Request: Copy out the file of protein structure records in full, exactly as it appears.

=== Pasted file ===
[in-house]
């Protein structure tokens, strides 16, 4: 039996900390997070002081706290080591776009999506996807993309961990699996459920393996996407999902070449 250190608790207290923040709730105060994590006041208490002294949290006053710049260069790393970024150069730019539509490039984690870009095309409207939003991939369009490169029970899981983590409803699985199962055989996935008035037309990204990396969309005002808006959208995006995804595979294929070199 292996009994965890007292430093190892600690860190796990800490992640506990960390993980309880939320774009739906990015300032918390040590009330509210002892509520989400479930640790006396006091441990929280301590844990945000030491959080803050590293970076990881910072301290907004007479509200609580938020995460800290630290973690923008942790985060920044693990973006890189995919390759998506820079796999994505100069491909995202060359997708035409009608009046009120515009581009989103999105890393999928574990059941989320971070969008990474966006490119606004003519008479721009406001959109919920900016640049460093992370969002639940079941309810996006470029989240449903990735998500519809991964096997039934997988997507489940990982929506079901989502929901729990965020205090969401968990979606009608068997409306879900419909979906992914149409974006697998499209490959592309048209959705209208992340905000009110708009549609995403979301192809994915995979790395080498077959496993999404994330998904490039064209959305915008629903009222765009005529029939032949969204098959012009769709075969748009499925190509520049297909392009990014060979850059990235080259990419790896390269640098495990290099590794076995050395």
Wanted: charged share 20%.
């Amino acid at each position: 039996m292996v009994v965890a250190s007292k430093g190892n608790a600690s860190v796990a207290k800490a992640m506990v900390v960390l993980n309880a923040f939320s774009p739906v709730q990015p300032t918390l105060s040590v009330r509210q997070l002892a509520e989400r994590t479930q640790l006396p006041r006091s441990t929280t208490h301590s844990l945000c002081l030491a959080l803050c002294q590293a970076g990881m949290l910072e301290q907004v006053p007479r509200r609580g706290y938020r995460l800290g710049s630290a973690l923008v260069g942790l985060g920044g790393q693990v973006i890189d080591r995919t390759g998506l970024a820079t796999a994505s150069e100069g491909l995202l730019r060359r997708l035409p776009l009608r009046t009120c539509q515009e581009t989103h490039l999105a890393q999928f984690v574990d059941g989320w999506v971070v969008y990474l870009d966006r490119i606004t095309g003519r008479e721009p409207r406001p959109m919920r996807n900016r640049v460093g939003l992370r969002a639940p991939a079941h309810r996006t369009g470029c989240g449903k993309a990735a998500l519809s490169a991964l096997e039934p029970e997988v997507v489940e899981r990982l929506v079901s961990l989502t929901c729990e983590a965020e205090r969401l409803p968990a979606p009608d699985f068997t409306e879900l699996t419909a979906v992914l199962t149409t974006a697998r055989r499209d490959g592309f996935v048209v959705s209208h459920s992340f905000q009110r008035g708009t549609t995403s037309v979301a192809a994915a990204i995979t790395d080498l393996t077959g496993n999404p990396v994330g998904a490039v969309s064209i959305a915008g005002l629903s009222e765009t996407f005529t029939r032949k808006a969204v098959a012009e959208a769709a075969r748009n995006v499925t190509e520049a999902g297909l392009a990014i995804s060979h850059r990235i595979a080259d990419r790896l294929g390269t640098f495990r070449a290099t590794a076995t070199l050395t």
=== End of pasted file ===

[in-house]
């Protein structure tokens, strides 16, 4: 039996900390997070002081706290080591776009999506996807993309961990699996459920393996996407999902070449 250190608790207290923040709730105060994590006041208490002294949290006053710049260069790393970024150069730019539509490039984690870009095309409207939003991939369009490169029970899981983590409803699985199962055989996935008035037309990204990396969309005002808006959208995006995804595979294929070199 292996009994965890007292430093190892600690860190796990800490992640506990960390993980309880939320774009739906990015300032918390040590009330509210002892509520989400479930640790006396006091441990929280301590844990945000030491959080803050590293970076990881910072301290907004007479509200609580938020995460800290630290973690923008942790985060920044693990973006890189995919390759998506820079796999994505100069491909995202060359997708035409009608009046009120515009581009989103999105890393999928574990059941989320971070969008990474966006490119606004003519008479721009406001959109919920900016640049460093992370969002639940079941309810996006470029989240449903990735998500519809991964096997039934997988997507489940990982929506079901989502929901729990965020205090969401968990979606009608068997409306879900419909979906992914149409974006697998499209490959592309048209959705209208992340905000009110708009549609995403979301192809994915995979790395080498077959496993999404994330998904490039064209959305915008629903009222765009005529029939032949969204098959012009769709075969748009499925190509520049297909392009990014060979850059990235080259990419790896390269640098495990290099590794076995050395």
Wanted: charged share 20%.
């Amino acid at each position: 039996m292996v009994v965890a250190s007292k430093g190892n608790a600690s860190v796990a207290k800490a992640m506990v900390v960390l993980n309880a923040f939320s774009p739906v709730q990015p300032t918390l105060s040590v009330r509210q997070l002892a509520e989400r994590t479930q640790l006396p006041r006091s441990t929280t208490h301590s844990l945000c002081l030491a959080l803050c002294q590293a970076g990881m949290l910072e301290q907004v006053p007479r509200r609580g706290y938020r995460l800290g710049s630290a973690l923008v260069g942790l985060g920044g790393q693990v973006i890189d080591r995919t390759g998506l970024a820079t796999a994505s150069e100069g491909l995202l730019r060359r997708l035409p776009l009608r009046t009120c539509q515009e581009t989103h490039l999105a890393q999928f984690v574990d059941g989320w999506v971070v969008y990474l870009d966006r490119i606004t095309g003519r008479e721009p409207r406001p959109m919920r996807n900016r640049v460093g939003l992370r969002a639940p991939a079941h309810r996006t369009g470029c989240g449903k993309a990735a998500l519809s490169a991964l096997e039934p029970e997988v997507v489940e899981r990982l929506v079901s961990l989502t929901c729990e983590a965020e205090r969401l409803p968990a979606p009608d699985f068997t409306e879900l699996t419909a979906v992914l199962t149409t974006a697998r055989r499209d490959g592309f996935v048209v959705s209208h459920s992340f905000q009110r008035g708009t549609t995403s037309v979301a192809a994915a990204i995979t790395d080498l393996t077959g496993n999404p990396v994330g998904a490039v969309s064209i959305a915008g005002l629903s009222e765009t996407f005529t029939r032949k808006a969204v098959a012009e959208a769709a075969r748009n995006v499925t190509e520049a999902g297909l392009a990014i995804s060979h850059r990235i595979a080259d990419r790896l294929g390269t640098f495990r070449a290099t590794a076995t070199l050395t």